CEFEPIME INDUCED ENCEPHALOPATHY: NATURAL COURSE AND SYMPTOMS OF TWO PATIENTS
Intensive care units are breeding grounds for resistant organisms, necessitating early and aggressive anti-microbial therapy. Cefepime is a fourth generation cephalosporin known for its extended spectrum of activity against Gram-positive and Gram-negative bacteria, more so than any other drug in its class. Widespread utility can also be attributed to the fact it is an antipseudomonal agent; cefepime is carefully reserved to treat severe infections and cases with known multidrug resistance. A key characteristic that serves to differentiate cefepime among other cephalosporins is its ability to resist degradation by beta-lactamases; making cefepime a front-line agent for treating Enterobacteriaceae.
Cefepime is minimally metabolized by the liver and excreted nearly unchanged by the kidneys, making it imperative to renally dose. Illustrating its potency, the dosage must be cut in half as creatinine clearance approaches 11 mL/min.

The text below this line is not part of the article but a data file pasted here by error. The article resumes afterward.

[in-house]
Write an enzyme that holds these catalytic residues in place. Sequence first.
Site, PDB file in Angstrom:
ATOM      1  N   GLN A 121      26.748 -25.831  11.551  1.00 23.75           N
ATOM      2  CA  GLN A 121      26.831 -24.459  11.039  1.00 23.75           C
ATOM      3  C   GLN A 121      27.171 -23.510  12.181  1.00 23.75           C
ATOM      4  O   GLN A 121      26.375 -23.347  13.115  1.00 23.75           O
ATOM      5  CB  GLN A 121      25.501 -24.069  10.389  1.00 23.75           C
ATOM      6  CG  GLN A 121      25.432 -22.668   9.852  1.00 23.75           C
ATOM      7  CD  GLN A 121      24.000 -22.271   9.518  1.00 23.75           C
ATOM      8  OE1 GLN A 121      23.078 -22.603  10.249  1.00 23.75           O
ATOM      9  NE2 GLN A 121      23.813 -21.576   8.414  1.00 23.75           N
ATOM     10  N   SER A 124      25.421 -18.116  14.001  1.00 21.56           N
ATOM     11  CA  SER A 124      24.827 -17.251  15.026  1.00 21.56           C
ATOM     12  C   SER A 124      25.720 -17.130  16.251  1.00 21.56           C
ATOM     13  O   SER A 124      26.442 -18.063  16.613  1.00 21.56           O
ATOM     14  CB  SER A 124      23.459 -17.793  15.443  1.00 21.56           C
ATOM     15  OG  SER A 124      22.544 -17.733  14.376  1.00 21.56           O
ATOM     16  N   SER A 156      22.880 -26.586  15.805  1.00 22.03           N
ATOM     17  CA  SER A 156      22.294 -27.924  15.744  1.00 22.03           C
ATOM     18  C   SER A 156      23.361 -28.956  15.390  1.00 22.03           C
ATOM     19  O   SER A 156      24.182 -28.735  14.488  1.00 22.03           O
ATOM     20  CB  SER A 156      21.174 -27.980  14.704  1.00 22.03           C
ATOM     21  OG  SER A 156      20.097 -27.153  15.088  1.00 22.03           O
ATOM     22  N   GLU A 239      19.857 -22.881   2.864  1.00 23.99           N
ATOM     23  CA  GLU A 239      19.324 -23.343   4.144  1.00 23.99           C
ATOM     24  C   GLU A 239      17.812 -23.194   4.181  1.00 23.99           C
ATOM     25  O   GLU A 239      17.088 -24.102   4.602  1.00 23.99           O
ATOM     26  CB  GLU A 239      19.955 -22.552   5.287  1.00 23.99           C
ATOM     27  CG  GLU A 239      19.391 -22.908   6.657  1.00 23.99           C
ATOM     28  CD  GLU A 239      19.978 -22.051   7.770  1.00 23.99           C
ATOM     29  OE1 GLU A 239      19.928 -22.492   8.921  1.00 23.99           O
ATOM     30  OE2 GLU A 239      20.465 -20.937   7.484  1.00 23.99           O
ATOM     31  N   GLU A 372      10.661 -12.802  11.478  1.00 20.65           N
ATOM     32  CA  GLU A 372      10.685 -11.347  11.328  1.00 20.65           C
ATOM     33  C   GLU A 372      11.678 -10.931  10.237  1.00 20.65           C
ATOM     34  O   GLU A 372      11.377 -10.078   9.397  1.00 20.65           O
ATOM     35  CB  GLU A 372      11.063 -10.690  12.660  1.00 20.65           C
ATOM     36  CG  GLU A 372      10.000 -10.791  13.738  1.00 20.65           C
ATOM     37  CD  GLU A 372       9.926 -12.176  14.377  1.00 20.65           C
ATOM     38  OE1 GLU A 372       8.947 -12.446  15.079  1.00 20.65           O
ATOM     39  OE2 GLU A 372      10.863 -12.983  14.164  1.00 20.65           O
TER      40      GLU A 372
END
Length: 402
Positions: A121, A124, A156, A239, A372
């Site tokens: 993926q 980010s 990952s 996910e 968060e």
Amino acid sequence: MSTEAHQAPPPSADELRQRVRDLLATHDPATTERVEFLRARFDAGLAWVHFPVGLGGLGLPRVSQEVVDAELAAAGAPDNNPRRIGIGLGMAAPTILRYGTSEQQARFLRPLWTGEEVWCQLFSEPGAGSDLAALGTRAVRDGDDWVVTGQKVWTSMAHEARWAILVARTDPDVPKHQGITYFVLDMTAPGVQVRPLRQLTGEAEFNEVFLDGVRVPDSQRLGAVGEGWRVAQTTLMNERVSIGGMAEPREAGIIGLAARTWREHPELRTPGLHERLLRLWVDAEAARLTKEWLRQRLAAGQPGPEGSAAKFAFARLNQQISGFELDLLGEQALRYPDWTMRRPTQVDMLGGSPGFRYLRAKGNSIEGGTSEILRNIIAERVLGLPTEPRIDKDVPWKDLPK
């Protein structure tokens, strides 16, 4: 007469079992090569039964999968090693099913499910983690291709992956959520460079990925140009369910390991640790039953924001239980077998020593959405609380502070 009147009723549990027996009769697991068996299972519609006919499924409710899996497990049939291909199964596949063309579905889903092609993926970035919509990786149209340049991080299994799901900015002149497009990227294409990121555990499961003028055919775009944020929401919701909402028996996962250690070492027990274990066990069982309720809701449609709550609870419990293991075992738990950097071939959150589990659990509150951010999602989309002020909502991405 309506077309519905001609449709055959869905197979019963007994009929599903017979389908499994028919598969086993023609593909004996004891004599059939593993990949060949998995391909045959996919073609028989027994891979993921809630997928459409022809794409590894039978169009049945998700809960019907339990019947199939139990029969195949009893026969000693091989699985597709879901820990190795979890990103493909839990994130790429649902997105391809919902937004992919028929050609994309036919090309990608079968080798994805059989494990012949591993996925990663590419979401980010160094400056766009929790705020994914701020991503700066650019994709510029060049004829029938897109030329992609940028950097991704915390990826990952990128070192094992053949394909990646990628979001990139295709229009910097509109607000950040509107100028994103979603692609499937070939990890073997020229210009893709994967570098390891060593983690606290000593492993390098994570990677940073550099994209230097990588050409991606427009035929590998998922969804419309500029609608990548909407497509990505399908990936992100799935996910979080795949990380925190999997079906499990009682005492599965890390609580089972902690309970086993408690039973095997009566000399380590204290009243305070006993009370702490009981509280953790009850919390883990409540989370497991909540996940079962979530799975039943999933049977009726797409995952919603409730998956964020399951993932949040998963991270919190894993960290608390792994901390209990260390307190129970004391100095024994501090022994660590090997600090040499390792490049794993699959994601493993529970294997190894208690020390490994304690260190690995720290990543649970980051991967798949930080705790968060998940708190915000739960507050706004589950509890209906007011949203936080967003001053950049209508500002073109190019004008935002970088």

Frequent adverse effects of cefepime include: positive Coombs test result without hemolysis (16%), rash (4%), elevated alanine aminotransferase (3%), fever/headache/pain (1%). Post marketing reports suggests that there is evidence for potential neurotoxicity, namely encephalopathy. Further reports have elucidated that the majority of severe encephalopathy cases have been in patients who necessitated renal adjustment of their doses (Jallon, et al., 2000). However, the encephalopathy is reversible and symptomatology appears to resolve within 24-48 h of discontinuation, this underscores two things; first, that renal failure is a significant risk factor for cefepime-induced reversible encephalopathy and second, the importance of reducing dosages in renally impaired patients (Garces, et al., 2008). Despite case reports, the incidence and natural disease course of this side effect is under appreciated. Here we describe our experience in two separate patients, with resumption of cefepime therapy in one.